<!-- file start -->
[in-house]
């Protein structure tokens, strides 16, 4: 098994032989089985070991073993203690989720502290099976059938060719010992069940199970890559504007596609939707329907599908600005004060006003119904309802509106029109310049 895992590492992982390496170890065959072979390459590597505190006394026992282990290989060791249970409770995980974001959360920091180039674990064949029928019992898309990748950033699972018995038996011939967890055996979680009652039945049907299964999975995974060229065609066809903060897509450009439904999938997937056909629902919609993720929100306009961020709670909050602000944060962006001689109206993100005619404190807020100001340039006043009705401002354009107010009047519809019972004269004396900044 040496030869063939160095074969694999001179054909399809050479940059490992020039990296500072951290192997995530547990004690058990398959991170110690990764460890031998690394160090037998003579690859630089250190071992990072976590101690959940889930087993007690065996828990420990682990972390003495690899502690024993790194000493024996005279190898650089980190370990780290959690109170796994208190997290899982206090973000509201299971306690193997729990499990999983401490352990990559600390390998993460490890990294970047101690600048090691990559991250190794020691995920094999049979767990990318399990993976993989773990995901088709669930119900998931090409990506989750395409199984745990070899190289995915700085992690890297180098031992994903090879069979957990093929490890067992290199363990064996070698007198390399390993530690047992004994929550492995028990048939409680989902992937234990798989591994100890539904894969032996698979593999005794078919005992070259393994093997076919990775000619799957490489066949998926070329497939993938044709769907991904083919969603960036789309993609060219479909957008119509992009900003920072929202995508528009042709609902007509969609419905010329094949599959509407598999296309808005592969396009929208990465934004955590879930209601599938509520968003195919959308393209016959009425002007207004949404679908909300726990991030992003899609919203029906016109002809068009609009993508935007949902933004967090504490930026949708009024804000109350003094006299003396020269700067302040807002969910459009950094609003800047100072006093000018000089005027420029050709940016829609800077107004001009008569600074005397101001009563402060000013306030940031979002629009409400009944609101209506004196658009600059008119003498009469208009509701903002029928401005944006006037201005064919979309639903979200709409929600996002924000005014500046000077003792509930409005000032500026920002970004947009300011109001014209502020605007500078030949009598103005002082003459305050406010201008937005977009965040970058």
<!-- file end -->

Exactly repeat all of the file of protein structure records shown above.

[in-house]
């Protein structure tokens, strides 16, 4: 098994032989089985070991073993203690989720502290099976059938060719010992069940199970890559504007596609939707329907599908600005004060006003119904309802509106029109310049 895992590492992982390496170890065959072979390459590597505190006394026992282990290989060791249970409770995980974001959360920091180039674990064949029928019992898309990748950033699972018995038996011939967890055996979680009652039945049907299964999975995974060229065609066809903060897509450009439904999938997937056909629902919609993720929100306009961020709670909050602000944060962006001689109206993100005619404190807020100001340039006043009705401002354009107010009047519809019972004269004396900044 040496030869063939160095074969694999001179054909399809050479940059490992020039990296500072951290192997995530547990004690058990398959991170110690990764460890031998690394160090037998003579690859630089250190071992990072976590101690959940889930087993007690065996828990420990682990972390003495690899502690024993790194000493024996005279190898650089980190370990780290959690109170796994208190997290899982206090973000509201299971306690193997729990499990999983401490352990990559600390390998993460490890990294970047101690600048090691990559991250190794020691995920094999049979767990990318399990993976993989773990995901088709669930119900998931090409990506989750395409199984745990070899190289995915700085992690890297180098031992994903090879069979957990093929490890067992290199363990064996070698007198390399390993530690047992004994929550492995028990048939409680989902992937234990798989591994100890539904894969032996698979593999005794078919005992070259393994093997076919990775000619799957490489066949998926070329497939993938044709769907991904083919969603960036789309993609060219479909957008119509992009900003920072929202995508528009042709609902007509969609419905010329094949599959509407598999296309808005592969396009929208990465934004955590879930209601599938509520968003195919959308393209016959009425002007207004949404679908909300726990991030992003899609919203029906016109002809068009609009993508935007949902933004967090504490930026949708009024804000109350003094006299003396020269700067302040807002969910459009950094609003800047100072006093000018000089005027420029050709940016829609800077107004001009008569600074005397101001009563402060000013306030940031979002629009409400009944609101209506004196658009600059008119003498009469208009509701903002029928401005944006006037201005064919979309639903979200709409929600996002924000005014500046000077003792509930409005000032500026920002970004947009300011109001014209502020605007500078030949009598103005002082003459305050406010201008937005977009965040970058």